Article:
The shapes of the consonants are based on the shape the mouth makes when the corresponding sound is made, and the traditional direction of writing (vertically from right to left) most likely came from Chinese, as did the practice of writing syllables in blocks.
Even after the invention of the Korean alphabet, most Koreans who could write continued to write either in Classical Chinese or in Korean using the Gukyeol or Idu systems. The Korean alphabet was associated with people of lower status, i.e., women, children and the uneducated. During the 19th and 20th centuries, a mixed writing system combining Chinese characters (Hanja) and Hangeul became increasingly popular. Since 1945 however, the importance of Chinese characters in Korean writing has diminished significantly. Since 1949 hanja have not been used at all in any North Korean publications, with the exception of a few textbooks and specialized books. In the late 1960s, however, hanja teaching was reintroduced in North Korean schools and school children are expected to learn 2,000 characters by the end of high school. In South Korea, school children are expected to learn 1,800 hanja by the end of high school. The proportion of hanja used in Korean texts varies greatly from writer to writer and there is considerable public debate about the role of hanja in Korean writing.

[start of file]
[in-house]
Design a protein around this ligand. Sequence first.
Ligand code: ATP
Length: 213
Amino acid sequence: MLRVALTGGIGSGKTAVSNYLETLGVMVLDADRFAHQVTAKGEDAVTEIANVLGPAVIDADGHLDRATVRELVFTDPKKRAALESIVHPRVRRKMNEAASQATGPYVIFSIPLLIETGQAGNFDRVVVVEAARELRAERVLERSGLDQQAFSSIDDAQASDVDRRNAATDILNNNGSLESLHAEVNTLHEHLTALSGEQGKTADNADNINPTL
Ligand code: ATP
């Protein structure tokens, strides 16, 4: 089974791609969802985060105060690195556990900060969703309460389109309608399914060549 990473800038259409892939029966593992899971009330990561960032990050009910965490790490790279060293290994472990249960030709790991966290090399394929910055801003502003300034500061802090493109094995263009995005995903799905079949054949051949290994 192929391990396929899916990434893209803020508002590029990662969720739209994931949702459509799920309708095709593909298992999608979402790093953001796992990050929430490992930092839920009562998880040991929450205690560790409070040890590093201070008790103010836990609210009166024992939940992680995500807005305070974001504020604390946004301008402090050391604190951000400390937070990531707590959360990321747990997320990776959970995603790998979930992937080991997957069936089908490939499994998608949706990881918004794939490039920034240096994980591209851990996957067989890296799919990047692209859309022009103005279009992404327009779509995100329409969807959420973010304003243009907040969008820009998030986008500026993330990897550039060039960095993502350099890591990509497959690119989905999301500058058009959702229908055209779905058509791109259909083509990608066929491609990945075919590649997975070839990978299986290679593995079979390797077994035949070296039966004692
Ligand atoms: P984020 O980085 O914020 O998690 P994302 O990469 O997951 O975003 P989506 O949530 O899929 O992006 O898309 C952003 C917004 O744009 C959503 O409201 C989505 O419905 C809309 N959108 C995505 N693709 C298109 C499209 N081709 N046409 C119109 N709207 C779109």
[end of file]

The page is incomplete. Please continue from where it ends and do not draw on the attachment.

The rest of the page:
Most modern Korean literature and informal writing is written entirely in hangeul, however academic papers and official documents tend to be written in a mixture of hangeul and hanja.